The Rey/Kylo Dynamic Is Complicated By Design, According To The Last Jedi Director


Four weeks after the sequel’s arrival, Rian Johnson has teamed with Empire Magazine to present an anatomy of Star Wars: The Last Jedi – topics discussed (so far) include Rey’s parentage and Luke Skywalker, who chose to make the ultimate sacrifice in order to buy precious time for the Resistance.

It worked like a charm, too, given General Leia and her weary troops were able to escape Crait with their lives intact. But now, Johnson’s post-launch analysis has circled back to focus on Kylo Ren and Rey, arguably the beating heart of this current Star Wars trilogy.

Indeed, their fiery relationship reached dizzying new heights in The Last Jedi, as the Force-sensitive duo were able to connect with one another from opposite ends of the galaxy. And though Supreme Leader Snoke was later revealed to be the true puppet master pulling the strings behind Kylo and Rey’s communication, Johnson believes Kylo Ren’s manipulation tactics can’t be overstated.

To write these characters, I always have to get inside their heads. I tend to step inside and have the most generous reading of any character’s motivation possible. I’ll say this – the moment when Kylo makes his appeal for her to join him, and Adam captured it so well in his little please, it was important to me that it wasn’t a chess game, it wasn’t just a manipulation. It’s unhealthy, and there’s much that is awful about the way that he is manipulative. From his point of view, it’s a very naked, open, emotional appeal. It’s his version of, ‘I’m just a girl standing in front of a guy’… The same way as when he tells his version of the story with Luke, that’s his experience of his moment.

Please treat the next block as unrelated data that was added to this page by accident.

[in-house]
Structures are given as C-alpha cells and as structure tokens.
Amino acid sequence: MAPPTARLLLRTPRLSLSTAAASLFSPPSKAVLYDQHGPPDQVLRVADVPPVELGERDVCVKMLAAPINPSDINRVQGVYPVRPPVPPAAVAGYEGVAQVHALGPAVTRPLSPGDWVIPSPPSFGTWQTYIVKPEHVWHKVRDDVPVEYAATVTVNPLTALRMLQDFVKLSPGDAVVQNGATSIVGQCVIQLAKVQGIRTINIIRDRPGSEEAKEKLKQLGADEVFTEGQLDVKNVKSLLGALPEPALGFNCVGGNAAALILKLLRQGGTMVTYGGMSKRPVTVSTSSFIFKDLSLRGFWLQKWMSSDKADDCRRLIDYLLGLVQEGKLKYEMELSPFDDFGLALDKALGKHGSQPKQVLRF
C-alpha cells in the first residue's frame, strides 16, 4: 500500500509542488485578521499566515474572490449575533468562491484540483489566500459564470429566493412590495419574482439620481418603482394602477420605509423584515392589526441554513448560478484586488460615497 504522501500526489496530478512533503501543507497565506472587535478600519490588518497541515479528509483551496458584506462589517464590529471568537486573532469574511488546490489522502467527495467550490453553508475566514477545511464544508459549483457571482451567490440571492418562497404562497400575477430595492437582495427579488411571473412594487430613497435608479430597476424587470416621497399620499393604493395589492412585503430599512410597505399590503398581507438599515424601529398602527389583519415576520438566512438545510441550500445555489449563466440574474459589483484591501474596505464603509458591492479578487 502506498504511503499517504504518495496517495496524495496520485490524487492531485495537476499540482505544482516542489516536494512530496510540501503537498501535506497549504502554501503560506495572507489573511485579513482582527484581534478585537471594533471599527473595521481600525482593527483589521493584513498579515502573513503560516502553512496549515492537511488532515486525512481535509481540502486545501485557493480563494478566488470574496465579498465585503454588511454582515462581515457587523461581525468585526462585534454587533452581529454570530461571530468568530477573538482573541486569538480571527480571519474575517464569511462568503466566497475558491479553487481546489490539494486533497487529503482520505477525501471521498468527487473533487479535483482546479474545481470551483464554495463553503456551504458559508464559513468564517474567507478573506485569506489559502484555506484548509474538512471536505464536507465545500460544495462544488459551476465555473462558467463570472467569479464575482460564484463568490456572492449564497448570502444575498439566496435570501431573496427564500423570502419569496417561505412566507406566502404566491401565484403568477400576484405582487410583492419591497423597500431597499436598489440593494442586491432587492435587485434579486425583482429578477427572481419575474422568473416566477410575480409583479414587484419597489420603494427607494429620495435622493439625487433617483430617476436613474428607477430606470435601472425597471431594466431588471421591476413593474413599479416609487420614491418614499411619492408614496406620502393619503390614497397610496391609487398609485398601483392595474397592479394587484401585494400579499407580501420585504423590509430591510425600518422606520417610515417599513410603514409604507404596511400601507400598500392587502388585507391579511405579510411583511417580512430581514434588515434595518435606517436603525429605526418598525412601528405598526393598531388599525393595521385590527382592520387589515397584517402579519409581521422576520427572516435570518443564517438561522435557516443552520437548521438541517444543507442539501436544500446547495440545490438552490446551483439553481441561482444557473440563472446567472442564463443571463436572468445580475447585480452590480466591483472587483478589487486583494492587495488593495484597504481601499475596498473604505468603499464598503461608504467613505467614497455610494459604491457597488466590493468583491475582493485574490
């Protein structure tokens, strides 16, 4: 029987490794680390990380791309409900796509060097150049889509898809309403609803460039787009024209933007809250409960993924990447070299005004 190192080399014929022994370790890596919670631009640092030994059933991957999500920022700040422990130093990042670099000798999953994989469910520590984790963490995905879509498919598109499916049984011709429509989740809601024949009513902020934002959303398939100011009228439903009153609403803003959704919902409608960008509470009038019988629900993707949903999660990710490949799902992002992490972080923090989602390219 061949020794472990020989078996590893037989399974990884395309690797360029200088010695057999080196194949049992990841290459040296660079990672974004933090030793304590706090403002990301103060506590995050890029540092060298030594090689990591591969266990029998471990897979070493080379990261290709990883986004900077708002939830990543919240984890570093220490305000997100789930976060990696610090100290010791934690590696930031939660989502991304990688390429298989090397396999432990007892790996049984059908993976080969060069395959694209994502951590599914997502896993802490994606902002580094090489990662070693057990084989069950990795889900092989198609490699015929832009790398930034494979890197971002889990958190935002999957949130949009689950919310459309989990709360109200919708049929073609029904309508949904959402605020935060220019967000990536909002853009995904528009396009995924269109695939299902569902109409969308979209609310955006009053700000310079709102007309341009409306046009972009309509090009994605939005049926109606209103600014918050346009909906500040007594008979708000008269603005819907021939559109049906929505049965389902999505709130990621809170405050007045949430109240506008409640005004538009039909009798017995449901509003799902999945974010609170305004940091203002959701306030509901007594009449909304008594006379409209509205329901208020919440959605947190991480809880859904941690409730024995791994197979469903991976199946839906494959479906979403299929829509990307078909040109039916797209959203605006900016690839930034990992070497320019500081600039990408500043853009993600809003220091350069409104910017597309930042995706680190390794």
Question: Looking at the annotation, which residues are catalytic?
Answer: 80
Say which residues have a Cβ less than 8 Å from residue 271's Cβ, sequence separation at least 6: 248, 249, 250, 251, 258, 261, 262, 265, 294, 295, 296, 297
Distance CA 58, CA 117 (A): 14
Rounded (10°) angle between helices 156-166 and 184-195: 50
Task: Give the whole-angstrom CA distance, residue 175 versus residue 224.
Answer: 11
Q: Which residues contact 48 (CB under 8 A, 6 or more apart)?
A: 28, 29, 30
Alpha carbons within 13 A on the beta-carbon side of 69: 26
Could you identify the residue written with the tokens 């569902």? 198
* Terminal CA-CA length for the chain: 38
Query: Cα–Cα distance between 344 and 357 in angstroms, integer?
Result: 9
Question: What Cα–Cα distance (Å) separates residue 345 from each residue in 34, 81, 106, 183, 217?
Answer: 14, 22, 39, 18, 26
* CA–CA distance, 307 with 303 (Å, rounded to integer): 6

Snoke, on the other hand, was quickly dispatched mid-way through Star Wars: The Last Jedi – during the super-stylish Throne Room scene, to be specific. It was a shocking end to the galaxy’s greatest villain – Darth Vader notwithstanding – though Rian Johnson went on to stress that “this is not Snoke’s story.”

I like Snoke as a character as Andy (Serkis) plays him. He’s delicious, evil and fun. But Kylo to me is where the interesting stuff is. And the notion of clearing the deck of the Vader/Emperor dynamic so that all bets are off in terms of how the villainy is going to play out, that to me seemed like a much more interesting thing. And it just seemed natural. If he had stopped in the middle of a scene and given a monologue, it would’ve stopped it dead in its tracks, and we would’ve cut it out in the editing room. This is not Snoke’s story.

The Supreme Leader is dead; long live the Supreme Leader. In truth, Snoke’s unceremonious death allowed Rian Johnson to double down on this saga’s true villain: Kylo Ren. He’s the character Anakin Skywalker should have been all those years ago – mercurial, impulsive…dangerous – and we simply can’t wait to see what Star Wars: Episode IX has in store for the erstwhile Ben Solo.

December 20th, 2019 is the date for your diaries. Closer to home, Lucasfilm has readied Solo: A Star Wars Story for release on May 25th.